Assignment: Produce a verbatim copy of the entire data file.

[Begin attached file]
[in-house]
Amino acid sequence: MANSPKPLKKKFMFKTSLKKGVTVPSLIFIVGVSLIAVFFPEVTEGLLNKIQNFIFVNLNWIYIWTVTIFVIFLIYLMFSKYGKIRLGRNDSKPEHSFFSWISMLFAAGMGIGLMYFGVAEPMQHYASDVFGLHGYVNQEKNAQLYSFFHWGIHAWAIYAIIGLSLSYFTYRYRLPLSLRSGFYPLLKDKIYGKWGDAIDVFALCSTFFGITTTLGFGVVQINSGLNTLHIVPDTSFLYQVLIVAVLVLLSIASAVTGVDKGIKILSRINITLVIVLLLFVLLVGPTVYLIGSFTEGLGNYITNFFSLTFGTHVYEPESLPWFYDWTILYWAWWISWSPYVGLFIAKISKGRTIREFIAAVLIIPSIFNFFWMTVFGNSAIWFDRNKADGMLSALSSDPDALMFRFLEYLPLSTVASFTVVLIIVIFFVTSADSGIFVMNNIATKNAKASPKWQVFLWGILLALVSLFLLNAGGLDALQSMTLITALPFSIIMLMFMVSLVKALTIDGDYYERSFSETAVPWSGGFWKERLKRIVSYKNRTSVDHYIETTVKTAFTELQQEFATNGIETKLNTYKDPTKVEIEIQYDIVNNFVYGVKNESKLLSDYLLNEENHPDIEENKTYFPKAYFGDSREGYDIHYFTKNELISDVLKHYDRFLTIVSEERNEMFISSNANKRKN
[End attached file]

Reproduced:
[in-house]
Amino acid sequence: MANSPKPLKKKFMFKTSLKKGVTVPSLIFIVGVSLIAVFFPEVTEGLLNKIQNFIFVNLNWIYIWTVTIFVIFLIYLMFSKYGKIRLGRNDSKPEHSFFSWISMLFAAGMGIGLMYFGVAEPMQHYASDVFGLHGYVNQEKNAQLYSFFHWGIHAWAIYAIIGLSLSYFTYRYRLPLSLRSGFYPLLKDKIYGKWGDAIDVFALCSTFFGITTTLGFGVVQINSGLNTLHIVPDTSFLYQVLIVAVLVLLSIASAVTGVDKGIKILSRINITLVIVLLLFVLLVGPTVYLIGSFTEGLGNYITNFFSLTFGTHVYEPESLPWFYDWTILYWAWWISWSPYVGLFIAKISKGRTIREFIAAVLIIPSIFNFFWMTVFGNSAIWFDRNKADGMLSALSSDPDALMFRFLEYLPLSTVASFTVVLIIVIFFVTSADSGIFVMNNIATKNAKASPKWQVFLWGILLALVSLFLLNAGGLDALQSMTLITALPFSIIMLMFMVSLVKALTIDGDYYERSFSETAVPWSGGFWKERLKRIVSYKNRTSVDHYIETTVKTAFTELQQEFATNGIETKLNTYKDPTKVEIEIQYDIVNNFVYGVKNESKLLSDYLLNEENHPDIEENKTYFPKAYFGDSREGYDIHYFTKNELISDVLKHYDRFLTIVSEERNEMFISSNANKRKN